Benazir Bhutto

Reading Barry Gewen's piece on two women who have resisted Islamicist totalitarianism, Ayaan Hirsi Ali and Irshad Manji, my mind drifted to another woman who had stood up for secular values and was eventually murdered. Benazir Bhutto died last December and her death prompted this obituary.

Benazir Bhutto

She had been a student at Oxford, eventually becoming the president of the Student’s Union there. Having been in Oxford University on a few occasions I felt that the sights and streets that I had known were familiar to her as well. While I and many others languished in the H Blocks in the summer of 1981 in the midst of a tenacious hunger strike she was in a Pakistani prison, also a political prisoner. These vignettes helped flesh her out in my mind as a person rather than some abstract entity termed a politician.

When Benazir Bhutto’s father was hauled from his cell and unceremoniously hanged by Zia ul-Haq, the shock felt in my own cell revisited on the news of her murder. In some ways her premature death was more expected. Since her return from exile to Pakistan she seemed a strong candidate for assassination. Her father, I felt, would escape the noose. But that was to misunderstand the malignancy that permeated the mind of his killer, President Zia. Benazir Bhutto’s death lends something of the ‘Kennedy curse’ to her family history. She had earlier lost two brothers to deaths described by the Guardian as having occurred in murky circumstances.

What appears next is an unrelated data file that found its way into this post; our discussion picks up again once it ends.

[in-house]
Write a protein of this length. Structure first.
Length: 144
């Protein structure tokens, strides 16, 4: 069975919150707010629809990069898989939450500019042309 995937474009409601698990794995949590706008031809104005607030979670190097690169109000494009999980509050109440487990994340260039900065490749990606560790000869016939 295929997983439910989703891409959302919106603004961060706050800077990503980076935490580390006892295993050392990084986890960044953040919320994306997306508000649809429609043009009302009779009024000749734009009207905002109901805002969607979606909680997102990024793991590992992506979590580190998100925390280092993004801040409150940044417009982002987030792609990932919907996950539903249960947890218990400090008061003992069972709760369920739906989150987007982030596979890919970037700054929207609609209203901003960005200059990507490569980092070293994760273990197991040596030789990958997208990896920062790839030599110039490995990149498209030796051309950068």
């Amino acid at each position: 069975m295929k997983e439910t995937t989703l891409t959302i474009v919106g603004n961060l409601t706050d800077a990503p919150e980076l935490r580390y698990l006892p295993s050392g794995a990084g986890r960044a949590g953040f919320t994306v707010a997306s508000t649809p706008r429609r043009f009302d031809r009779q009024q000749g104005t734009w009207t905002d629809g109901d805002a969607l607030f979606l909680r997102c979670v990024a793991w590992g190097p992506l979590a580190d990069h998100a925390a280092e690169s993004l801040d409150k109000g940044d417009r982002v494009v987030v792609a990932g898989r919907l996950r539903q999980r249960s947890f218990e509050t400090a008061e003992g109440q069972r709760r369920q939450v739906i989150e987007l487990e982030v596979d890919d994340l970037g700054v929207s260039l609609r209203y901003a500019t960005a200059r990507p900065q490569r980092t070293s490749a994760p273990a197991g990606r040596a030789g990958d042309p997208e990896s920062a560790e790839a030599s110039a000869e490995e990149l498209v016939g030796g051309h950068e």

Maybe it was fortuitous rather than planned that her assassins should strike in Rawalpindi close to the site of her father’s own judicial murder. There was the emission of an eerie punitive symbolism – a warning that there are some areas that brook no trespass. For Benazir Bhutto the ‘verboten’ signs were everywhere after many years exile, much of it in London. Theocratic fascists had threatened to end her life and were the suspects for the October mass murder inflicted by nihilist bombers as she made her way from Karachi’s International Airport on her return from exile. They could not brook her gender, secularism, or democratic discourse.

Groomed by her father for politics from the age of 9 Benazir was thrust into role as leader of the Pakistan Peoples Party upon his arrest in 1977.
My father was the Prime Minister of Pakistan; my grandfather had been in politics too. However my own inclination was for a job other than politics. I wanted to be a diplomat, perhaps do some journalism, certainly not politics. But when my father was imprisoned, then assassinated, I had no other choice but to continue in the work that he had started because so many of his followers wanted me to do so.

Subsequent to the murder of her father tension increased between the army and the Pakistan People’s Party. Party members were hunted down by the military and killed. Benazir campaigned incessantly against Zia and was often detained under house arrest as a result. Her tribulations would be many. Apart from losing her father to judicial assassination, there was imprisonment, exile and legal battles; her husband had been jailed and she had been tear-gassed while pregnant with one of her children.